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 Post subject: Re: Can it be polished?
 Post Posted: Mon Apr 15, 2019 11:37 pm 
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Joined: Sun Sep 30, 2018 2:09 pm
Posts: 37
CJJ if I was going to make a very small touch up and I mean small on a Mapleglo finish do you think I could get away with using nitrocellulose ?


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 Post subject: Re: Can it be polished?
 Post Posted: Fri Apr 19, 2019 9:39 pm 
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Joined: Wed Jan 16, 2008 3:58 am
Posts: 1336
Location: En Zed
I'm no expert on repairs or refinishing, but I've read that nitrocellulose lacquer (use clear nail polish) can work for really small dings. The problem is that it won't adhere with the CV very well. It it's a tiny chip, it can help protect the wood for a while...


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 Post subject: Re: Can it be polished?
 Post Posted: Mon Apr 22, 2019 11:47 am 
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Joined: Sun Sep 30, 2018 2:09 pm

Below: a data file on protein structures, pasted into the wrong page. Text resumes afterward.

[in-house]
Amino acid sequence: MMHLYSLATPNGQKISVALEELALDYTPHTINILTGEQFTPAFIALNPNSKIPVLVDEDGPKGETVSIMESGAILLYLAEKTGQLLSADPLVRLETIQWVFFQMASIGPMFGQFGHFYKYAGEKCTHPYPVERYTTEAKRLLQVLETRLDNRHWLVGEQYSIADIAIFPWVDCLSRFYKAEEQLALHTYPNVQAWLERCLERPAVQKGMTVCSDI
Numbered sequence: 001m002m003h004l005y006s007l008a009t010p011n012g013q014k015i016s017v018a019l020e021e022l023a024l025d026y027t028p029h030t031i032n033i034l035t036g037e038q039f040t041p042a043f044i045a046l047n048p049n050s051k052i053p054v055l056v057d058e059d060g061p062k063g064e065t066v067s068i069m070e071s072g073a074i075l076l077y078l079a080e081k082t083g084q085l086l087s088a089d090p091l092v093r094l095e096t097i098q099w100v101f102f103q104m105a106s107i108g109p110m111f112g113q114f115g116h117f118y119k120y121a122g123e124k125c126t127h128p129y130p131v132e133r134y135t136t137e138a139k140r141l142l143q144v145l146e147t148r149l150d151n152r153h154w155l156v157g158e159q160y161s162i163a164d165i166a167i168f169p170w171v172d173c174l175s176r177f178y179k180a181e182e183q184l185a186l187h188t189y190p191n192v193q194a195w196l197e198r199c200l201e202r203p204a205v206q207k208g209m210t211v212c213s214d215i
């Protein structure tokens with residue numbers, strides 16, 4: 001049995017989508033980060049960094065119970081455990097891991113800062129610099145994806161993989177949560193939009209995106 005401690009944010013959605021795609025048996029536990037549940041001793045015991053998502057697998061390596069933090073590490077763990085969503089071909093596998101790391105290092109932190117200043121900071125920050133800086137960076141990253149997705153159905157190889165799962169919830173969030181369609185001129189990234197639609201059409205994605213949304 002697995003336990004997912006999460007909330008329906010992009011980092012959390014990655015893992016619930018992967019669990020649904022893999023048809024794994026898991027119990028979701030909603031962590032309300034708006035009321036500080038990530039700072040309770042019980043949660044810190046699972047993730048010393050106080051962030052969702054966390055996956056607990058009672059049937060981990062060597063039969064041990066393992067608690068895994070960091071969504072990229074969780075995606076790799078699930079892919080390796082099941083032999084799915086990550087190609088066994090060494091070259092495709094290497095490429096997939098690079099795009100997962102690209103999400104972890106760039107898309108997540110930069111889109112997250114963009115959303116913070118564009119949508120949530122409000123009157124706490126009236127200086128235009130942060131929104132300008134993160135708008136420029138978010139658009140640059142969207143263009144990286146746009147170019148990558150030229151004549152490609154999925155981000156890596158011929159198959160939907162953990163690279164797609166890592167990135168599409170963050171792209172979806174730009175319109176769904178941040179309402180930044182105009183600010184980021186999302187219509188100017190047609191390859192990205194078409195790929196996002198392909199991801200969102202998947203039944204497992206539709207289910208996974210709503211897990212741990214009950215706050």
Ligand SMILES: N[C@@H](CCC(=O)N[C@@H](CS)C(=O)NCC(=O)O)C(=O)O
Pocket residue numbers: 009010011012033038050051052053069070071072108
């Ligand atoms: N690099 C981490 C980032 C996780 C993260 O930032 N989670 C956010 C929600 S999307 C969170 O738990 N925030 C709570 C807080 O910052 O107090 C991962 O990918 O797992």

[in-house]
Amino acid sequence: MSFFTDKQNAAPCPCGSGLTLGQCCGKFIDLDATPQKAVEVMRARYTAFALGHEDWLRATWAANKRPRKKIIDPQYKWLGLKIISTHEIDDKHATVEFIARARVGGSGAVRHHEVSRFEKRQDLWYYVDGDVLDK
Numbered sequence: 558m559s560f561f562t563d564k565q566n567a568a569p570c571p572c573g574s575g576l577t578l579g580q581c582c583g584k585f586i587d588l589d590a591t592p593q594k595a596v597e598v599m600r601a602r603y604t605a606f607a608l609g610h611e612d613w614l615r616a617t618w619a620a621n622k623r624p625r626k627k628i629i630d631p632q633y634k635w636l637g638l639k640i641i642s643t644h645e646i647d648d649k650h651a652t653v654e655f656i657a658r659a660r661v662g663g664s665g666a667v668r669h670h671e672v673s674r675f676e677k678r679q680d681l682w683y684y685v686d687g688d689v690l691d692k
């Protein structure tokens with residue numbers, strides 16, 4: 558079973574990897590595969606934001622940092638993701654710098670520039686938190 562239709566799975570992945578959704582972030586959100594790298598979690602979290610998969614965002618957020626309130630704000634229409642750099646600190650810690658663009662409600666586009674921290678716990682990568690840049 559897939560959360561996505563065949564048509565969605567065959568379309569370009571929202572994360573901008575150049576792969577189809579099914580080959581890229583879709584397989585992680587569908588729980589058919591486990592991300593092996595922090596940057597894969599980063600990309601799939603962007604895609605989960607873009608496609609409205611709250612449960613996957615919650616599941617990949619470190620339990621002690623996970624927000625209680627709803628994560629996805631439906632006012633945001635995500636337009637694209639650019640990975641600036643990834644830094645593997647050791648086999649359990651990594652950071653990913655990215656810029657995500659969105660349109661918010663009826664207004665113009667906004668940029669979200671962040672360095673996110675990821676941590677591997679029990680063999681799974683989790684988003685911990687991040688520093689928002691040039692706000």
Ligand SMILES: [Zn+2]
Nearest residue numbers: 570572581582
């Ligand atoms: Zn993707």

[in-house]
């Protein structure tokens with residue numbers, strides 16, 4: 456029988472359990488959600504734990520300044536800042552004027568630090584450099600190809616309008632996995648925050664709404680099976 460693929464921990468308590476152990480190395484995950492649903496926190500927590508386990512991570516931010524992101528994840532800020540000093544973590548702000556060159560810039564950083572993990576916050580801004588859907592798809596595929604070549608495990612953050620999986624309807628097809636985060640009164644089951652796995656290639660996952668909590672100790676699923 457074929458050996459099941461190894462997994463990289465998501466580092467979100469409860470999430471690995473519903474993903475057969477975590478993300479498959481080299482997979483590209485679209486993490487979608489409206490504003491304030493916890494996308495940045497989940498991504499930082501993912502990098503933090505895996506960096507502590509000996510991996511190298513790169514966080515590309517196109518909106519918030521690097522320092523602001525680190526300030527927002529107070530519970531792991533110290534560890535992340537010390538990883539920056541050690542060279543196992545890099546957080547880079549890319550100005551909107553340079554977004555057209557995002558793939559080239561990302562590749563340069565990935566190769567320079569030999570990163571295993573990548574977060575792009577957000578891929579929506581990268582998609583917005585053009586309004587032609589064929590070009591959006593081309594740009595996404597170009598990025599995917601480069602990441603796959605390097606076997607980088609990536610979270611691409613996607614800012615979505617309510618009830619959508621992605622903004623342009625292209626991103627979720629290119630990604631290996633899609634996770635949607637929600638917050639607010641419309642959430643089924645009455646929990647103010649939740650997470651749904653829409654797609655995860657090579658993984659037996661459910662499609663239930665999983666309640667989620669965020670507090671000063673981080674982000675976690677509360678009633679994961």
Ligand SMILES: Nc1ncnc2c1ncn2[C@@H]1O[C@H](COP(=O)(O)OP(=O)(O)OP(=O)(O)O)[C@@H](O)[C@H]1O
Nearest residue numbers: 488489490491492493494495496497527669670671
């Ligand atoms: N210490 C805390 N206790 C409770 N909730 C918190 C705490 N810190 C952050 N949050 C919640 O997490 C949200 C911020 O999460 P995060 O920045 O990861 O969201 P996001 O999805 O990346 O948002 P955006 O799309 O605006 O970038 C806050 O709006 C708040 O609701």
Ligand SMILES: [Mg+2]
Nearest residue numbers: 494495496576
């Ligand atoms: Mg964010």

Posts: 37
I've used the nitrocellulose on the small chip and it looks fine. I just need to build it up a bit and then smooth it off with meguiars scratch remover.
I think it will be fine.


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 Post subject: Re: Can it be polished?
 Post Posted: Mon Jun 10, 2019 4:17 pm 
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Joined: Sat Sep 10, 2005 1:00 pm
Posts: 9
Location: Hermosa Beach CA
I would absolutely NOT try lacquer as a touchup material!.

Two problems with trying to touch up with lacquer (nitrocellulose or acrylic - they have the same properties as far as adhesion/touch up/film thickness):

1. It does not adhere well to polyurethanes, polyesters or conversion varnishes. That's why lacquer finish systems are built up from different lacquer formulations - sealers. primers, color coats, toners and clear coats. The solvent content causes them to all melt into each other creating one inseparable coat of lacquer - this is also why lacquer flows out so smoothly.

2. Lacquers are EXTREMELY low in solids and individual coats are very thin. If you try to apply thicker to fill in it tends to skin over on top and entrap solvents. This will really slow the dry time and, if any moisture is also trapped, cause blush.

But mainly, those properties make it unlikely to "self-level" and fill/smooth the entire surface.

Thin superglue (not the retail stuff - bulk packaged glue with special applicators can be found at Rockler and on Amazon - I use Starbond brand.) can be used to "drop fill" with pen and hypodermic type applicators; leveling is achieved with small turned-edge cabinet scrapers or single-edge razor blades with turned-edge center sections
and a couple of wraps of cellophane tape for both surface clearance and to prevent abrasive damage.


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